Forget Me Not (2009)

Posted: June 24, 2012 in 3 stars, Forget Me Not, Reviews
Tags: , ,

You know what’s awesome?  Scratching the surface of an almost-direct-to-video movie on Netflix and finding, against all odds, that you’ve unearthed a clever, involving, genuinely creepy film.

Sandy (Carly Schroeder) and her friends have this game they play.  In graveyards.  At night.  (You are excused for thinking this sounds like a bad idea already.)  One person is the ghost and goes around tagging other people, who then become ghosts themselves and chase everyone else around until eventually the last person left “alive” is the winner.  One night they’re out playing, and suddenly Random Creepy Chick pops out from behind a tombstone.

RANDOM CREEPY CHICK:  Hey, can I play?  We’ll all just pretend I’m not clearly crazier than a shithouse rat.

SANDY AND FRIENDS:  Er… sure, I guess.

RANDOM CREEPY CHICK:  Sandy!  Don’t you remember me?

SANDY:  Hell no, I think I would have remembered crazy-eye of that impressive degree.

RANDOM CREEPY CHICK:  Ooh!  You’re going to regret that.

And lo and behold, Sandy does.  Not right away; but pretty soon her friends start getting slaughtered one by one.  And here’s the clever part: as soon as they die, they’re basically written out of the universe as if they had never existed.  No one remembers them.  The lives of the survivors are rearranged around the absence, so subtly at first that it legitimately took me a while to figure out what was going on.  And sure enough, the more people die, the more ghosts there are to chase the living around, until eventually there’s only one left.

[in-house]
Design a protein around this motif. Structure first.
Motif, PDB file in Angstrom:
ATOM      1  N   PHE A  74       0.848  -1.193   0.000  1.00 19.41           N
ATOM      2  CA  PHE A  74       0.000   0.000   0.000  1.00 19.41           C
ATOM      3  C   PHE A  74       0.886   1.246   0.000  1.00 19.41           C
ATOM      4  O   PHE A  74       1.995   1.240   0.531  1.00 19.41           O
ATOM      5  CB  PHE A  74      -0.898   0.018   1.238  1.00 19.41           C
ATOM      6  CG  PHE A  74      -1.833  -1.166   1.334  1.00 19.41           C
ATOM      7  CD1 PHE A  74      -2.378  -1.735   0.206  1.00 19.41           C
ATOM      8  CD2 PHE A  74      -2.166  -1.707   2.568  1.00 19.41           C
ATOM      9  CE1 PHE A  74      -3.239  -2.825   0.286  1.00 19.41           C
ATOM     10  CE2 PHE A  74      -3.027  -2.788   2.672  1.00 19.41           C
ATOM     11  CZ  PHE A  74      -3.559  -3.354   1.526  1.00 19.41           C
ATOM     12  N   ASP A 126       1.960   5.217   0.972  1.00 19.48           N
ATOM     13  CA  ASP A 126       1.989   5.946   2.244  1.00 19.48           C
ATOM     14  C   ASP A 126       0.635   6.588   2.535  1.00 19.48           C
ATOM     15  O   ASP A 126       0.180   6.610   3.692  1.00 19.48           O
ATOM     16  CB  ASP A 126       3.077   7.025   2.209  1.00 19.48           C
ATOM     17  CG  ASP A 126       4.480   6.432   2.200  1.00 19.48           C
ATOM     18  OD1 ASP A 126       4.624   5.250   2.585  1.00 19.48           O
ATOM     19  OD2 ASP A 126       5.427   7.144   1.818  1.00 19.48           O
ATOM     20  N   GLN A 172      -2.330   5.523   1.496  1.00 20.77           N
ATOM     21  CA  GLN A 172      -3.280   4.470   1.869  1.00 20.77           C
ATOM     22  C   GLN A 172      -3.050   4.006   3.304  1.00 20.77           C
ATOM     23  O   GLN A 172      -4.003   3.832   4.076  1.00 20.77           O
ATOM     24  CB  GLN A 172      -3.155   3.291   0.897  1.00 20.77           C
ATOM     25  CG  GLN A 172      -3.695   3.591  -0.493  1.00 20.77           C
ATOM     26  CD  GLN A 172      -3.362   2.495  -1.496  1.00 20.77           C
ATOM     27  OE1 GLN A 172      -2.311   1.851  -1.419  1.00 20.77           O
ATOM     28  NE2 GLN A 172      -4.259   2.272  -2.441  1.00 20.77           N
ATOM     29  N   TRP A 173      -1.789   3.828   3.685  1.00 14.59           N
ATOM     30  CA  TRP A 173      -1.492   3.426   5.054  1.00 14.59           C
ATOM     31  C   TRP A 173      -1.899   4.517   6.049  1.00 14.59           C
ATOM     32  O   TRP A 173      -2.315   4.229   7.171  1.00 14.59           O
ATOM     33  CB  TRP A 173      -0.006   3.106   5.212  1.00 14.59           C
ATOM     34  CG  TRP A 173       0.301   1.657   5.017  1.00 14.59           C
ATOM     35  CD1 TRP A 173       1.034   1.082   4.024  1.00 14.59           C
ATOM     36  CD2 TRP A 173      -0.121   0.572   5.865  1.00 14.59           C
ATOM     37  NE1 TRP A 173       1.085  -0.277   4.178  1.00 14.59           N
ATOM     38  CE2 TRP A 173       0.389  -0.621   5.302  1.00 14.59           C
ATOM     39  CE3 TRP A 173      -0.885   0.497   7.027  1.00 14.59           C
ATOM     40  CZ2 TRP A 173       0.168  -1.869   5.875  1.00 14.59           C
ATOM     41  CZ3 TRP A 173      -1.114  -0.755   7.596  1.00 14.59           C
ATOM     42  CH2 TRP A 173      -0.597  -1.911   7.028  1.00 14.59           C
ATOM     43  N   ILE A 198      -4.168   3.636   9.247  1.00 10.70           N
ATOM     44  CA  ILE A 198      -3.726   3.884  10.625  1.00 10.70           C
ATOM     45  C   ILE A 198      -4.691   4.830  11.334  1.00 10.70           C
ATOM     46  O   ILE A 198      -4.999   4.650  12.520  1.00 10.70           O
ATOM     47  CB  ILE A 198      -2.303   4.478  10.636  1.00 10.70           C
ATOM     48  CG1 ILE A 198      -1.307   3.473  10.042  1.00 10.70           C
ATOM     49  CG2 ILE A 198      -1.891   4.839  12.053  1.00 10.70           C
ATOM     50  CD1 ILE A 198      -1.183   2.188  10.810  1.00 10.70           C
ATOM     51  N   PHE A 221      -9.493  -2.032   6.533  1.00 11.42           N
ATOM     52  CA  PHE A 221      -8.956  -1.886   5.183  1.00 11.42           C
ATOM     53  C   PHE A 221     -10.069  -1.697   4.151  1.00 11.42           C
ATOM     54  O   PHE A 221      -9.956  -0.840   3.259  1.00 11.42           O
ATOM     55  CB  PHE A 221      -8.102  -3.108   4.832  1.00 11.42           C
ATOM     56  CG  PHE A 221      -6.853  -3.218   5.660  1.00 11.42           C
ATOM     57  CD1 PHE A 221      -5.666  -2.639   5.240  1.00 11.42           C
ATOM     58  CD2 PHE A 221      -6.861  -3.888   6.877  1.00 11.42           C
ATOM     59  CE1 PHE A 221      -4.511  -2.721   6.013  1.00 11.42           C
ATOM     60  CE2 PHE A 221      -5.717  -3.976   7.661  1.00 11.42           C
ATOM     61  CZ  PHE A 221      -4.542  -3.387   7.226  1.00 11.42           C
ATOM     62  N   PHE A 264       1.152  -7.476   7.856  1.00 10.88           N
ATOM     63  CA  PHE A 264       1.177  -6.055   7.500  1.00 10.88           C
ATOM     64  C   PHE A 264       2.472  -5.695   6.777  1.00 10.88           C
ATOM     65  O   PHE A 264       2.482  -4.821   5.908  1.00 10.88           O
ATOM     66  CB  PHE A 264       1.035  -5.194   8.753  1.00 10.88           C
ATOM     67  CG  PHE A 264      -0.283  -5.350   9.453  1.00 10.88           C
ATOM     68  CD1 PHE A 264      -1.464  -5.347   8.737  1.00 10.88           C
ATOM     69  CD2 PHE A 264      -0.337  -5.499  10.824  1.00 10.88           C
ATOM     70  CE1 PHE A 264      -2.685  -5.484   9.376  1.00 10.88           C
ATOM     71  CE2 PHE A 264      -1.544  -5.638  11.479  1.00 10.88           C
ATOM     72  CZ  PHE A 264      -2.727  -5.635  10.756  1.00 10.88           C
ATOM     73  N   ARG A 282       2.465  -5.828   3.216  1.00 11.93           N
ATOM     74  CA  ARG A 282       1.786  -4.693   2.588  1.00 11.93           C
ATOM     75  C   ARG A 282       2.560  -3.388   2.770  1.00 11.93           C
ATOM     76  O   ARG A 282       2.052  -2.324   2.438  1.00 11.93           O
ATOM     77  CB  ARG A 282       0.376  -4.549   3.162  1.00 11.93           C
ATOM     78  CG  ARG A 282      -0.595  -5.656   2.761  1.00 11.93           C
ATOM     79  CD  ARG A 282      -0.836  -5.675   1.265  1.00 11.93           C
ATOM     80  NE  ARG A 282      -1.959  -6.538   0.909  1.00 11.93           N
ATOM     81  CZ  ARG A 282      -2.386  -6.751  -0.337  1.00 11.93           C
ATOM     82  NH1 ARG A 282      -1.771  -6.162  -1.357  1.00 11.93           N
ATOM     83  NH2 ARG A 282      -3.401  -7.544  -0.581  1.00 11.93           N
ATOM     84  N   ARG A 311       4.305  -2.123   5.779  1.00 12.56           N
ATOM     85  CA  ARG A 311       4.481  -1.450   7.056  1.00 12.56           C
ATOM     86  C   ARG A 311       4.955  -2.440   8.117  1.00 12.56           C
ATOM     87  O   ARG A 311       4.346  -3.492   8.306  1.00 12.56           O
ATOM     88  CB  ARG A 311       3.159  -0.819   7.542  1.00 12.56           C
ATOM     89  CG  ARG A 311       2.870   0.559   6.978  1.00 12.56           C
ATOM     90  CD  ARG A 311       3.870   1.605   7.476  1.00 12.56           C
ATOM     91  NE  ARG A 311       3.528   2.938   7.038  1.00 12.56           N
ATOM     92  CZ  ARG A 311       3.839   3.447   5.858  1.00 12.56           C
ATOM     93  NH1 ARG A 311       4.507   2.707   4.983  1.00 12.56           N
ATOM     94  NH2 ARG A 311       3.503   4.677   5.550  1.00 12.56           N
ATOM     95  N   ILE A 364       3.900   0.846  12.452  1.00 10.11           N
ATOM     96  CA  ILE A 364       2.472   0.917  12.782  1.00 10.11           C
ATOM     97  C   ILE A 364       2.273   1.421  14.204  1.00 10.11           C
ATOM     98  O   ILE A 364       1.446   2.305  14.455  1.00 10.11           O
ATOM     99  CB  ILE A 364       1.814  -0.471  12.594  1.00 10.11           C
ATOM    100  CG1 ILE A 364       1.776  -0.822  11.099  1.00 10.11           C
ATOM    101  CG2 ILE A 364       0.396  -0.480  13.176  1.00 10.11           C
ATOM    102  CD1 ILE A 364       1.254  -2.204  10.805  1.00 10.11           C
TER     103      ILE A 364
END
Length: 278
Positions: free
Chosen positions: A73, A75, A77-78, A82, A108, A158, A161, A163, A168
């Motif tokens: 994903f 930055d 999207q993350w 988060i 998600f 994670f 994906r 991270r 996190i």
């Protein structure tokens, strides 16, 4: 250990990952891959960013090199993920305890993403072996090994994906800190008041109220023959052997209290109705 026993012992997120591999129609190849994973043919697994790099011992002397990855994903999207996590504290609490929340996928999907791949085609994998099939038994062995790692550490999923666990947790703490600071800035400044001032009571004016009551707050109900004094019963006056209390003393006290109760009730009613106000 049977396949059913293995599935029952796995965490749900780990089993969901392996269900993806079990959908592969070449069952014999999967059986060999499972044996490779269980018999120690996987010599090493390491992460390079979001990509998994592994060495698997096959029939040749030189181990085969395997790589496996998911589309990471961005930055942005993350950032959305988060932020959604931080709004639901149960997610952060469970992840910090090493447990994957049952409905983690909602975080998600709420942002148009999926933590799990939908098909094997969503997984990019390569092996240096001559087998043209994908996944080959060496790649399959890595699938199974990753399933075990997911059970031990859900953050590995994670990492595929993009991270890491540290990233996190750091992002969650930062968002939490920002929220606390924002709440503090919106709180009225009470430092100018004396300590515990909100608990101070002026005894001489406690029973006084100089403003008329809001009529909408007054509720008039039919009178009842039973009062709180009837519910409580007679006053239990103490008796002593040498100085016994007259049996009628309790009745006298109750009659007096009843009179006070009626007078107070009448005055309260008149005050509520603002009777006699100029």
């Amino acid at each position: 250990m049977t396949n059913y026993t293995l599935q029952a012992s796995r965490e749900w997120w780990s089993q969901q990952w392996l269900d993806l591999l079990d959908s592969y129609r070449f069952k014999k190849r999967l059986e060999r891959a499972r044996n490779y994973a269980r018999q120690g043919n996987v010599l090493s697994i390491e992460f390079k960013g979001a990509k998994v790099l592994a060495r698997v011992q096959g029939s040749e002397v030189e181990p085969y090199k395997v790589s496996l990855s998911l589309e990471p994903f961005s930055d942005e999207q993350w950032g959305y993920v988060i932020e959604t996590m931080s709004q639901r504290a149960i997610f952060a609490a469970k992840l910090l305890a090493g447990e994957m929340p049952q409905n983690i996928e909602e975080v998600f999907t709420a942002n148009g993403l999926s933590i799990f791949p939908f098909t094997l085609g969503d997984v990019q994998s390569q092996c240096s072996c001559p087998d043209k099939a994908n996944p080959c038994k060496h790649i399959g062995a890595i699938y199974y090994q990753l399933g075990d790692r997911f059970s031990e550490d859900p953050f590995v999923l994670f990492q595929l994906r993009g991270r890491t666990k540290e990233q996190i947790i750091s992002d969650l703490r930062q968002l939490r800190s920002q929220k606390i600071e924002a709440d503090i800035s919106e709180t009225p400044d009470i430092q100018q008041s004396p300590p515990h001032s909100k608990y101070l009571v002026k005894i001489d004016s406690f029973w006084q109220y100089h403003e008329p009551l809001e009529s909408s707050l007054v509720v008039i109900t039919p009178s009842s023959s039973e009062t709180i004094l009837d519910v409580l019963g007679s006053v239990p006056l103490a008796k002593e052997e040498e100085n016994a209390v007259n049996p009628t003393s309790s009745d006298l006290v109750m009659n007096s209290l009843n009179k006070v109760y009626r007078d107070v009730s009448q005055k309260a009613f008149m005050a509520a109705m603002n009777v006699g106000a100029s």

Now, the “Person X disappears and no one remembers they existed except Person Y” trope is not new, to be sure.  It’s just that it’s done so well here, and you’re allowed to figure out for yourself what’s going on instead of having huge amounts of expository dialogue beating you over the head all the way through.  It doesn’t hurt that the acting is above par and the characters – mirabile dictu – are, despite being teenagers, actually ones I was sorry to see go.  Usually herds of movie teenagers are so unpleasant that it gives me a sort of grim satisfaction to watch them get picked off one by one, but not here.

So what’s the verdict?  I think I need a wider rating scale.  Call this one three and a half stars.  It’s not quite a four-star movie, but it’s head and shoulders above the three-star pack.  It’s creative, respectful of its audience, and genuinely scary in places.  Highly recommended.

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